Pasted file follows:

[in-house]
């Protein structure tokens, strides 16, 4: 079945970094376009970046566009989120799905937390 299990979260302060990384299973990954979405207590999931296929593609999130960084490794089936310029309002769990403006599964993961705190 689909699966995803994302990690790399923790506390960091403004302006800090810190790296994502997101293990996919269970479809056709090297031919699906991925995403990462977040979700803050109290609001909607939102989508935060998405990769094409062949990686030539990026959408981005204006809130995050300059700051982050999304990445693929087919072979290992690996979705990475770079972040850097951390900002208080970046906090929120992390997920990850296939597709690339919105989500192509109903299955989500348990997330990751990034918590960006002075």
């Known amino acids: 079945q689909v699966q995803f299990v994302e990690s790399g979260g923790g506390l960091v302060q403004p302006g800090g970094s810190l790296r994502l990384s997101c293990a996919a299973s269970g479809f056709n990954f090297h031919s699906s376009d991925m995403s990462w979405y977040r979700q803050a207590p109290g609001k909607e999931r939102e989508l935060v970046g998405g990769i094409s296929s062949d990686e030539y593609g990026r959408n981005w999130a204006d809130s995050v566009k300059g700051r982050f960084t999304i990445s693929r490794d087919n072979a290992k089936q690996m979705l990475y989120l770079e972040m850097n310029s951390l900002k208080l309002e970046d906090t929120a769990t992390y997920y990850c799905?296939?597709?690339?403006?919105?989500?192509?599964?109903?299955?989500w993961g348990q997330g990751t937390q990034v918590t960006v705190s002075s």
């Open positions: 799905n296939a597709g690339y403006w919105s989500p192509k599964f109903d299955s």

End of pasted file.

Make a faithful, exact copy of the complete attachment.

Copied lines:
[in-house]
């Protein structure tokens, strides 16, 4: 079945970094376009970046566009989120799905937390 299990979260302060990384299973990954979405207590999931296929593609999130960084490794089936310029309002769990403006599964993961705190 689909699966995803994302990690790399923790506390960091403004302006800090810190790296994502997101293990996919269970479809056709090297031919699906991925995403990462977040979700803050109290609001909607939102989508935060998405990769094409062949990686030539990026959408981005204006809130995050300059700051982050999304990445693929087919072979290992690996979705990475770079972040850097951390900002208080970046906090929120992390997920990850296939597709690339919105989500192509109903299955989500348990997330990751990034918590960006002075």
């Known amino acids: 079945q689909v699966q995803f299990v994302e990690s790399g979260g923790g506390l960091v302060q403004p302006g800090g970094s810190l790296r994502l990384s997101c293990a996919a299973s269970g479809f056709n990954f090297h031919s699906s376009d991925m995403s990462w979405y977040r979700q803050a207590p109290g609001k909607e999931r939102e989508l935060v970046g998405g990769i094409s296929s062949d990686e030539y593609g990026r959408n981005w999130a204006d809130s995050v566009k300059g700051r982050f960084t999304i990445s693929r490794d087919n072979a290992k089936q690996m979705l990475y989120l770079e972040m850097n310029s951390l900002k208080l309002e970046d906090t929120a769990t992390y997920y990850c799905?296939?597709?690339?403006?919105?989500?192509?599964?109903?299955?989500w993961g348990q997330g990751t937390q990034v918590t960006v705190s002075s």
């Open positions: 799905n296939a597709g690339y403006w919105s989500p192509k599964f109903d299955s």